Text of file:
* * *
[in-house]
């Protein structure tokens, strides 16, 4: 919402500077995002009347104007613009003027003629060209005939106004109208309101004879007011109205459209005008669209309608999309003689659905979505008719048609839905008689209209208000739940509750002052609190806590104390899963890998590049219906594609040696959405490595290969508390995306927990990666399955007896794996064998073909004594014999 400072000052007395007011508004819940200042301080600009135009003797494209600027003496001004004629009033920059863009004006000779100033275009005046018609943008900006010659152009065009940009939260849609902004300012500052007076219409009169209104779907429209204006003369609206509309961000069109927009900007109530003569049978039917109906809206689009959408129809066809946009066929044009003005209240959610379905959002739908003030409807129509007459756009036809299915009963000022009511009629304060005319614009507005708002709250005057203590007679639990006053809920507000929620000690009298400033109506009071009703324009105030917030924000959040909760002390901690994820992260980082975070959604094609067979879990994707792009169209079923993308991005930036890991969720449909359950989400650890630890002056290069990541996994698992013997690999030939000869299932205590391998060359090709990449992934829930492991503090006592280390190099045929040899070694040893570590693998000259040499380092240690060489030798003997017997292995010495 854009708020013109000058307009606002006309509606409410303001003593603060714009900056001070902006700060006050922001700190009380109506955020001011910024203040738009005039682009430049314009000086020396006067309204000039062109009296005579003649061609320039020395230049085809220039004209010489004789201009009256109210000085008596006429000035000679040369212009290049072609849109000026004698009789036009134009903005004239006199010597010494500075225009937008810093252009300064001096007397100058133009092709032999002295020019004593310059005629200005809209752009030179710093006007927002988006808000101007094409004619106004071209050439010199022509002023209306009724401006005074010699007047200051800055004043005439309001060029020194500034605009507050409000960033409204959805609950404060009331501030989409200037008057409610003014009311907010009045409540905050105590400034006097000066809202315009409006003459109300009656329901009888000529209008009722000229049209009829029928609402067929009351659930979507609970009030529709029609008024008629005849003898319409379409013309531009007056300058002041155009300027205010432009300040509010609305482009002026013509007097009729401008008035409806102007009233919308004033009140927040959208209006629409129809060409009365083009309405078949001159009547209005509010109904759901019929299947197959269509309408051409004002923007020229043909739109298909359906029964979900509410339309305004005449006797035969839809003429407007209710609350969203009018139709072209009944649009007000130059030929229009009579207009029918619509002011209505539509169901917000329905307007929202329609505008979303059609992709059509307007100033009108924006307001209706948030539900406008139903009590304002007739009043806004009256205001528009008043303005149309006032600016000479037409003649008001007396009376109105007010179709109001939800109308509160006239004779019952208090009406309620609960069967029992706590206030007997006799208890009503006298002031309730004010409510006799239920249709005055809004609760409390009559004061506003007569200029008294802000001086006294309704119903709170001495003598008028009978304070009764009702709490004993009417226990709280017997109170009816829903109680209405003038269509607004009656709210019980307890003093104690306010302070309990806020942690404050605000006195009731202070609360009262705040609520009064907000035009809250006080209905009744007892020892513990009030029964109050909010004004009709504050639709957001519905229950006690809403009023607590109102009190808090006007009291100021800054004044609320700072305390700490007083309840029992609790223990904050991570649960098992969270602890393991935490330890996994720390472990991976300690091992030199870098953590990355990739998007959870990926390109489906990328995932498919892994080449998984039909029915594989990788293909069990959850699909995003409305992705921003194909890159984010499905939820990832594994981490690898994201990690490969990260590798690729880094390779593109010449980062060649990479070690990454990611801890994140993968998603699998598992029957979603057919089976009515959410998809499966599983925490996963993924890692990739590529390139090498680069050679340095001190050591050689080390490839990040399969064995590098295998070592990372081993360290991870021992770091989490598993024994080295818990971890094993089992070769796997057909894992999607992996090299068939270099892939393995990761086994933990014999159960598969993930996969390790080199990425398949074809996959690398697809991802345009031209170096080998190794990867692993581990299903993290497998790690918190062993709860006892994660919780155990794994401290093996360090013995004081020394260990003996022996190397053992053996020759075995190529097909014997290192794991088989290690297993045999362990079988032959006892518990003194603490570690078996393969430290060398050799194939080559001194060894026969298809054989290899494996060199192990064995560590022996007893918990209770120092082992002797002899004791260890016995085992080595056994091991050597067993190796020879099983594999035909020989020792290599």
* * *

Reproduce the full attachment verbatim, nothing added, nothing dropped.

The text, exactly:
[in-house]
């Protein structure tokens, strides 16, 4: 919402500077995002009347104007613009003027003629060209005939106004109208309101004879007011109205459209005008669209309608999309003689659905979505008719048609839905008689209209208000739940509750002052609190806590104390899963890998590049219906594609040696959405490595290969508390995306927990990666399955007896794996064998073909004594014999 400072000052007395007011508004819940200042301080600009135009003797494209600027003496001004004629009033920059863009004006000779100033275009005046018609943008900006010659152009065009940009939260849609902004300012500052007076219409009169209104779907429209204006003369609206509309961000069109927009900007109530003569049978039917109906809206689009959408129809066809946009066929044009003005209240959610379905959002739908003030409807129509007459756009036809299915009963000022009511009629304060005319614009507005708002709250005057203590007679639990006053809920507000929620000690009298400033109506009071009703324009105030917030924000959040909760002390901690994820992260980082975070959604094609067979879990994707792009169209079923993308991005930036890991969720449909359950989400650890630890002056290069990541996994698992013997690999030939000869299932205590391998060359090709990449992934829930492991503090006592280390190099045929040899070694040893570590693998000259040499380092240690060489030798003997017997292995010495 854009708020013109000058307009606002006309509606409410303001003593603060714009900056001070902006700060006050922001700190009380109506955020001011910024203040738009005039682009430049314009000086020396006067309204000039062109009296005579003649061609320039020395230049085809220039004209010489004789201009009256109210000085008596006429000035000679040369212009290049072609849109000026004698009789036009134009903005004239006199010597010494500075225009937008810093252009300064001096007397100058133009092709032999002295020019004593310059005629200005809209752009030179710093006007927002988006808000101007094409004619106004071209050439010199022509002023209306009724401006005074010699007047200051800055004043005439309001060029020194500034605009507050409000960033409204959805609950404060009331501030989409200037008057409610003014009311907010009045409540905050105590400034006097000066809202315009409006003459109300009656329901009888000529209008009722000229049209009829029928609402067929009351659930979507609970009030529709029609008024008629005849003898319409379409013309531009007056300058002041155009300027205010432009300040509010609305482009002026013509007097009729401008008035409806102007009233919308004033009140927040959208209006629409129809060409009365083009309405078949001159009547209005509010109904759901019929299947197959269509309408051409004002923007020229043909739109298909359906029964979900509410339309305004005449006797035969839809003429407007209710609350969203009018139709072209009944649009007000130059030929229009009579207009029918619509002011209505539509169901917000329905307007929202329609505008979303059609992709059509307007100033009108924006307001209706948030539900406008139903009590304002007739009043806004009256205001528009008043303005149309006032600016000479037409003649008001007396009376109105007010179709109001939800109308509160006239004779019952208090009406309620609960069967029992706590206030007997006799208890009503006298002031309730004010409510006799239920249709005055809004609760409390009559004061506003007569200029008294802000001086006294309704119903709170001495003598008028009978304070009764009702709490004993009417226990709280017997109170009816829903109680209405003038269509607004009656709210019980307890003093104690306010302070309990806020942690404050605000006195009731202070609360009262705040609520009064907000035009809250006080209905009744007892020892513990009030029964109050909010004004009709504050639709957001519905229950006690809403009023607590109102009190808090006007009291100021800054004044609320700072305390700490007083309840029992609790223990904050991570649960098992969270602890393991935490330890996994720390472990991976300690091992030199870098953590990355990739998007959870990926390109489906990328995932498919892994080449998984039909029915594989990788293909069990959850699909995003409305992705921003194909890159984010499905939820990832594994981490690898994201990690490969990260590798690729880094390779593109010449980062060649990479070690990454990611801890994140993968998603699998598992029957979603057919089976009515959410998809499966599983925490996963993924890692990739590529390139090498680069050679340095001190050591050689080390490839990040399969064995590098295998070592990372081993360290991870021992770091989490598993024994080295818990971890094993089992070769796997057909894992999607992996090299068939270099892939393995990761086994933990014999159960598969993930996969390790080199990425398949074809996959690398697809991802345009031209170096080998190794990867692993581990299903993290497998790690918190062993709860006892994660919780155990794994401290093996360090013995004081020394260990003996022996190397053992053996020759075995190529097909014997290192794991088989290690297993045999362990079988032959006892518990003194603490570690078996393969430290060398050799194939080559001194060894026969298809054989290899494996060199192990064995560590022996007893918990209770120092082992002797002899004791260890016995085992080595056994091991050597067993190796020879099983594999035909020989020792290599």